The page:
It's a scheme that has scored 21 rushing TDs this season and produced a 100-yard rusher in seven-straight games. That has helped Nebraska accumulate an average gain of 7.47 yards on first down in eight-straight games.
In addition to Abdullah, sophomore Braylon Heard has added 31 carries for 226 yards (7.3 yards per carry) and two TDs, while freshman Imani Cross has 34 carries for 248 yards and two touchdowns.
Prior to being sidelined with his knee injury, Burkhead had piled up 405 yards on 47 carries, while getting in the endzone three times. He also had four receptions for 29 yards and a TD.
"Maybe their play-calling will be a little different I guess (with Abdullah getting most of the carries) but not really. It's pretty similar,'' said Bullough, who leads MSU with 77 tackles, including nine for loss and two sacks. "They have a whole stable of backs back there that are very good players and a lot of them are very similar. Rex has kind of been the guy the last few but those other guys have stepped in and done a great job, whether it's pass-pro, running it or whatever it is, so their gameplan pretty much remains the same.''
Aiding Bullough's cause to restrain the Huskers' potent offense will be fellow starting linebackers Denicos Allen and Chris Norman, who together enter Saturday's contest with a combined 97 stops, including 11 tackles for loss and two sacks.
And subbing in, depending on the down and distance, are redshirt junior Kyler Elsworth and sophomore Taiwan Jones, who add a combined 35 tackles, including 7.5 for loss and three sacks.
"It's not anything fancy. They line up and they do what they do,'' Pelini said. "They play aggressive, they play hard, and they are physical up front. They challenge receivers on the outside in the secondary. They are well-coached. I have a lot of respect for the way they play defense over there."
While Nebraska's run game is the bread and butter of a tough, win-it-at-the-line, in-the-trenches kind of mentality, the Huskers do have a stable option in the passing game, led by sophomore Kenny Bell.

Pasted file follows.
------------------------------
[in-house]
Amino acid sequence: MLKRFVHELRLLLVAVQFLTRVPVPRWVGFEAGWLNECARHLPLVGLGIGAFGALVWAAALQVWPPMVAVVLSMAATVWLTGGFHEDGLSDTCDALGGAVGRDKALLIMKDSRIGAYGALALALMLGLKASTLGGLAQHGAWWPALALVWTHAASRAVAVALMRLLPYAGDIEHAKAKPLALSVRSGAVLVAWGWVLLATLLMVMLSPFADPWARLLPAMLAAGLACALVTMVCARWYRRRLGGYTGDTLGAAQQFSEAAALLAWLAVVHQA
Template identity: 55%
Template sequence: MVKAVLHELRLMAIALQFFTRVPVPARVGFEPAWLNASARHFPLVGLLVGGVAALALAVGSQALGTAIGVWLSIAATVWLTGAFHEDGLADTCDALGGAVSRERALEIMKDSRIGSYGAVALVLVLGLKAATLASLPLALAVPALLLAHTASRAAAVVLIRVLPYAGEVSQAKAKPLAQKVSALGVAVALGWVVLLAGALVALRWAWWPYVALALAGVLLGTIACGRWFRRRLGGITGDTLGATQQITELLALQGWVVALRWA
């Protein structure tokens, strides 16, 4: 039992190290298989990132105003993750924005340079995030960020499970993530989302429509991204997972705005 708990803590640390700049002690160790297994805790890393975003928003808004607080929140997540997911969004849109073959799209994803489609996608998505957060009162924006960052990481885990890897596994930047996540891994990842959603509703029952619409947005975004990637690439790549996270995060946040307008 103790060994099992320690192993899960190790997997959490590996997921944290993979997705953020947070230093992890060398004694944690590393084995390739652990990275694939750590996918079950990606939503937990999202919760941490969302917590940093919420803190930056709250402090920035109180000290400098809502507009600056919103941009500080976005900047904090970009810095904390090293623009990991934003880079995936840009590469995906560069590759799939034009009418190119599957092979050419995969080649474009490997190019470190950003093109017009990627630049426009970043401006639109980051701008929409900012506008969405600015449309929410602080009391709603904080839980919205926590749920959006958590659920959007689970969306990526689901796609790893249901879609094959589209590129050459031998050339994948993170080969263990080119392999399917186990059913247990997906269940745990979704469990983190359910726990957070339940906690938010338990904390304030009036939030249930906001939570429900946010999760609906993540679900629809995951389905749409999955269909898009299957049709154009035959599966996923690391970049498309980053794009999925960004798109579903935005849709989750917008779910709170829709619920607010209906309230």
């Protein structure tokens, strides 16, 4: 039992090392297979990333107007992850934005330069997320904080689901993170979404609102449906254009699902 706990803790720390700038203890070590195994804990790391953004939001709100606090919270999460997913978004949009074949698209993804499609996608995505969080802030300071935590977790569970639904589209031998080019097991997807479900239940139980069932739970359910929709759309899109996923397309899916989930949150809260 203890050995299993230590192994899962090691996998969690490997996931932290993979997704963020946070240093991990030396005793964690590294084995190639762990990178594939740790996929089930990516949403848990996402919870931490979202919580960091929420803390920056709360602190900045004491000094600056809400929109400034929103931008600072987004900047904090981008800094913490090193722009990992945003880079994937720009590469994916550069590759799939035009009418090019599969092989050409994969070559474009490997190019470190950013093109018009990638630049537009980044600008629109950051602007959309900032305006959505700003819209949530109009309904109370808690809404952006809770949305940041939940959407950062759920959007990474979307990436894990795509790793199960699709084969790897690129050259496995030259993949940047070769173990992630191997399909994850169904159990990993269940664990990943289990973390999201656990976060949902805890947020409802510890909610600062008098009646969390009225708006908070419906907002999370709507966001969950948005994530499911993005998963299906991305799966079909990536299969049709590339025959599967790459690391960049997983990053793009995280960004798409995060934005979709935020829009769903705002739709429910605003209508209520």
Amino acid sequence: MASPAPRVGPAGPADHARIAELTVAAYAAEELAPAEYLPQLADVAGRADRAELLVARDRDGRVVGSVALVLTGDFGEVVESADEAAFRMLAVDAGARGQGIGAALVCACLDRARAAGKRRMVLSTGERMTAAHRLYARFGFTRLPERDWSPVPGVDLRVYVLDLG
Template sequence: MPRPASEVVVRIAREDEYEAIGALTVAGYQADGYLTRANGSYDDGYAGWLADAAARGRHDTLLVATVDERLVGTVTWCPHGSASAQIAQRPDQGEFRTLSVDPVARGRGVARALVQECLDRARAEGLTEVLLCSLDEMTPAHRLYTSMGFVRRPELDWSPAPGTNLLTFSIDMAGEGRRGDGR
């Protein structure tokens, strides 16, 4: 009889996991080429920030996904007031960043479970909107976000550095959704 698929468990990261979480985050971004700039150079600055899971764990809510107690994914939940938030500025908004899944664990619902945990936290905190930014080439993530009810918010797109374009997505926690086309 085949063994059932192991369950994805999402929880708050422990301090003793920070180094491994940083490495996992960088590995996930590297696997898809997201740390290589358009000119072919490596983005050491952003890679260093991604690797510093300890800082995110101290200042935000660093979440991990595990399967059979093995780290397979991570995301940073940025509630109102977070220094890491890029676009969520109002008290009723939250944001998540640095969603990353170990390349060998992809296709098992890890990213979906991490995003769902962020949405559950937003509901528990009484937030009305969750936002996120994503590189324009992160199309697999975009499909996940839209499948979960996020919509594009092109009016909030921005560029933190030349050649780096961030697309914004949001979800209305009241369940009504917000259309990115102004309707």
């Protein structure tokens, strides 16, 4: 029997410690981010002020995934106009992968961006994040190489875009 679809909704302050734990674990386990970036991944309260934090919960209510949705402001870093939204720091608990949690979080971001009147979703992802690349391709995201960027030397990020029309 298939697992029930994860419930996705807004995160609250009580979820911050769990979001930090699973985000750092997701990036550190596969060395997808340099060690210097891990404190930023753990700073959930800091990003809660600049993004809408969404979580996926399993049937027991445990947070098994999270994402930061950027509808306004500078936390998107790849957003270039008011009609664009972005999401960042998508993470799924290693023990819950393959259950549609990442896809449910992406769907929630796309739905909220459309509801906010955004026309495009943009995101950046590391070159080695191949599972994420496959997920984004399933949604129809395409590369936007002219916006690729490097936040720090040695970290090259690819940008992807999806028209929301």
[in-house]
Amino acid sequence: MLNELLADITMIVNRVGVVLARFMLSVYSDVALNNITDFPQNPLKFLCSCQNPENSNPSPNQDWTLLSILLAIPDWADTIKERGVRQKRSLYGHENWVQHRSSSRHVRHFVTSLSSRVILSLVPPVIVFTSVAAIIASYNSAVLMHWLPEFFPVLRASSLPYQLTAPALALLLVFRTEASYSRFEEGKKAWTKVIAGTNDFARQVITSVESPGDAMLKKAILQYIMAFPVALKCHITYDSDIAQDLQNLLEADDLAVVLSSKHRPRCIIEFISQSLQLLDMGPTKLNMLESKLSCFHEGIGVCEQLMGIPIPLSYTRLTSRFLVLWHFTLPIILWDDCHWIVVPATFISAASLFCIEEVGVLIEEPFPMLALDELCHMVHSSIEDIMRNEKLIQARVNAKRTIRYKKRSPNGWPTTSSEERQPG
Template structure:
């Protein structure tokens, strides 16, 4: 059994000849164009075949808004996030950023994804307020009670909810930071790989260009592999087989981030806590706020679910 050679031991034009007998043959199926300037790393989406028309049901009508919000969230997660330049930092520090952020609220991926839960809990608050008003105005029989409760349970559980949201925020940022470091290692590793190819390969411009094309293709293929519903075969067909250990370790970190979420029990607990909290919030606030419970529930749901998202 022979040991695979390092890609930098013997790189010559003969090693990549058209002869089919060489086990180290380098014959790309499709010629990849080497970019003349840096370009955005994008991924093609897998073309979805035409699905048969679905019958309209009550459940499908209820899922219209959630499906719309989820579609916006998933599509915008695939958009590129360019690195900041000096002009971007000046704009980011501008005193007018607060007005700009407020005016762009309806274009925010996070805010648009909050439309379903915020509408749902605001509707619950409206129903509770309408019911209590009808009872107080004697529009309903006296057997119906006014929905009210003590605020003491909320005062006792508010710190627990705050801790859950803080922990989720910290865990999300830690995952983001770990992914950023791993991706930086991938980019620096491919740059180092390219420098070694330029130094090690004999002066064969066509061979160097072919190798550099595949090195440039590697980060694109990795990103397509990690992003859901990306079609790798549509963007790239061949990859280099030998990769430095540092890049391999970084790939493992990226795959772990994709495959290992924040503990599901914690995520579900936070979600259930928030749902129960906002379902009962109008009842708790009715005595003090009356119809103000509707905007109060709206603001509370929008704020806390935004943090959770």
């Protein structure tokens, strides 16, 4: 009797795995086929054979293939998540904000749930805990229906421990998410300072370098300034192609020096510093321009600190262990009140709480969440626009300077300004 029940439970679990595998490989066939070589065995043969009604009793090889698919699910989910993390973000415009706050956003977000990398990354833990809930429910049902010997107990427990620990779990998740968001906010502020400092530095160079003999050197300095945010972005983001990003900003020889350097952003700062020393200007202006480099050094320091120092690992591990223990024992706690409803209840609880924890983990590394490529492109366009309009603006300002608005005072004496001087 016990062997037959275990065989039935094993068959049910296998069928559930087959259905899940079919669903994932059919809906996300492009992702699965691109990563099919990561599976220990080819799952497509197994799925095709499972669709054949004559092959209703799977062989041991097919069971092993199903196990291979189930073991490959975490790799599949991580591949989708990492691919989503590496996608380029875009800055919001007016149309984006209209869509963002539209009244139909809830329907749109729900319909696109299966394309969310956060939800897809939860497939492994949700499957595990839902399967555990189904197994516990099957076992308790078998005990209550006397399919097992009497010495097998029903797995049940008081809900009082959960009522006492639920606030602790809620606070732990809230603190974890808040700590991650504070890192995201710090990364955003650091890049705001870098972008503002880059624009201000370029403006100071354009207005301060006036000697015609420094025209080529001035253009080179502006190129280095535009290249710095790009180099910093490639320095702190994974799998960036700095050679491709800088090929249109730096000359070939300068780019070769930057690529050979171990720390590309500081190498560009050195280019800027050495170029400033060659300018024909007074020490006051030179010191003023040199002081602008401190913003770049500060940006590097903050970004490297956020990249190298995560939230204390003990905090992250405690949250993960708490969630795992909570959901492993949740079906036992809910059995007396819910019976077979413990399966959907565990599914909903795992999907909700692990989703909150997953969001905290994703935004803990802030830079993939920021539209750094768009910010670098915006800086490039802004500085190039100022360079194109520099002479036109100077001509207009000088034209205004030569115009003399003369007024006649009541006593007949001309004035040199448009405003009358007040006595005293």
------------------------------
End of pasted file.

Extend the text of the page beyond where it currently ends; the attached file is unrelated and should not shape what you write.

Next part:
Bell's numbers. although not spectacular, seem to indicate that when he does touch the ball he is very productive.
With just 28 catches, he has gained 591 yards and is tied for third overall on the team in scoring at 36 points, having scored six TDs. Bell averages 21 yards a catch. Additionally, he has 12 kick returns and is averaging 22.8 yards a pop.
The offensive line is an experienced group comprised of all seniors and juniors, and is led by 6-2, 290-pound left guard Seung Hoon Choi.
This means MSU's defense will be facing its toughest challenge of the season.
"There's definitely pride,'' Bullough said in regards to facing off against a well-coordinated offense like Nebraska's. "There's pride in whoever you're playing as a defense but when you get to go against an extremely talented group that's really playing well like Nebraska, it's fun to test and see where you're at and see how well you measure up against those units.''
While the defense will have its hands full slowing Nebraska's offense, MSU's offense is going to have to build on the success and execution it exhibited, especially late in its overtime victory at Wisconsin and its late-game success in its win at Indiana.
Other than the Indiana game, last week's win was MSU's best example of the offense actually getting it done in a pressure situation and with some consistency late in a game.